Can eating too many carbohydrates increase your chances of developing diabetes?
While intake of carbohydrates specifically doesn't cause diabetes, eating too many calories overall (from carbohydrates or other types of food) may lead to diabetes in some people. Here's what's going on: usually when a person eats, their blood glucose rises. In response insulin, which is a hormone secreted by the pancreas, is released. Insulin helps cells in the body absorb glucose from the blood, which will be used for energy or stored as fat. People with diabetes either don't produce enough insulin, their bodies don't respond to the insulin, or both. As a result, glucose remains in the blood, depriving the body's cells of energy they need, and causes damage throughout the body. There are a number of risk factors for diabetes, but eating carbohydrates, on its own, doesn’t increase that risk.
The likelihood of developing diabetes can increase due to a number of factors. Eating more calories than you expend, whether they're complex carbohydrates, sugars, fats, or proteins, paired with a lack of physical activity and being overweight can increase some people's chances of developing diabetes. This is especially true if there’s a family history of the disease, and the individual is over the age of 45.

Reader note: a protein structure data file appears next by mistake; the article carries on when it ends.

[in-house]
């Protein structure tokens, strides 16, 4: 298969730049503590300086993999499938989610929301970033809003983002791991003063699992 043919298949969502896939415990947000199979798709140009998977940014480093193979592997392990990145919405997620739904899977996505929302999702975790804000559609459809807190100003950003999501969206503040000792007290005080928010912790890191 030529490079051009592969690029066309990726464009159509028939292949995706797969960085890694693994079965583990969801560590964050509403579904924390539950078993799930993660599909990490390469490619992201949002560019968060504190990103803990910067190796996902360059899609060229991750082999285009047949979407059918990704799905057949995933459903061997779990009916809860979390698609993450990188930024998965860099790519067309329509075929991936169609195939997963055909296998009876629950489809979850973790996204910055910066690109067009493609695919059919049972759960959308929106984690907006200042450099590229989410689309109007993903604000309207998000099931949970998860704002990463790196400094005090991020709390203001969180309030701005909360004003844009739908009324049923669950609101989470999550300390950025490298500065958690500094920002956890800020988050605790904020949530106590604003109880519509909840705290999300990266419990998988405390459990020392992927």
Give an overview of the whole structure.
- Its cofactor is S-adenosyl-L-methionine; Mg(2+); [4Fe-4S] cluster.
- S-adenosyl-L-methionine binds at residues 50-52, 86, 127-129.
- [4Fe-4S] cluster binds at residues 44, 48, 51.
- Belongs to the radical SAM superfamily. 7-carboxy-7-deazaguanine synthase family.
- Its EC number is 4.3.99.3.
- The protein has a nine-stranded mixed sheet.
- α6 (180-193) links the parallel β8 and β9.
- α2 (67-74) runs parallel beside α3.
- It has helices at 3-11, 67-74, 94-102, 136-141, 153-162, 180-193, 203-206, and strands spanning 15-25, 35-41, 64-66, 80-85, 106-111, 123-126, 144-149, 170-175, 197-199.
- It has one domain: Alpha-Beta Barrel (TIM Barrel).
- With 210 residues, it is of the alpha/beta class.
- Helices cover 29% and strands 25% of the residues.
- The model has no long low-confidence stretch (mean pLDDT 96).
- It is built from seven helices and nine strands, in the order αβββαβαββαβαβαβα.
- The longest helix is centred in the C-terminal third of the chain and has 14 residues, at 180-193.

The good news is that many people with or at-risk for developing diabetes are able to manage their condition through regular physical activity and a healthy pattern of eating. Getting regular physical activity actually helps the body's cells to properly use insulin. Following a healthy, balanced pattern of eating that includes fresh whole foods (e.g., grains, veggies, fruits, nuts, legumes) also helps to ensure the proper functioning of glucose and insulin in the body. For tips on how to incorporate regular physical activity and balanced patterns of eating into your life, check out the Go Ask Alice! Nutrition & Physical Activity archives.
If you’re concerned that you may be at risk for developing diabetes, it’s best to talk with your health care provider. They’ll be able to assess your risk factors and recommend strategies for reducing that risk, including meeting with a registered dietitian to help plan your meals or a personal trainer to get you active.Alice!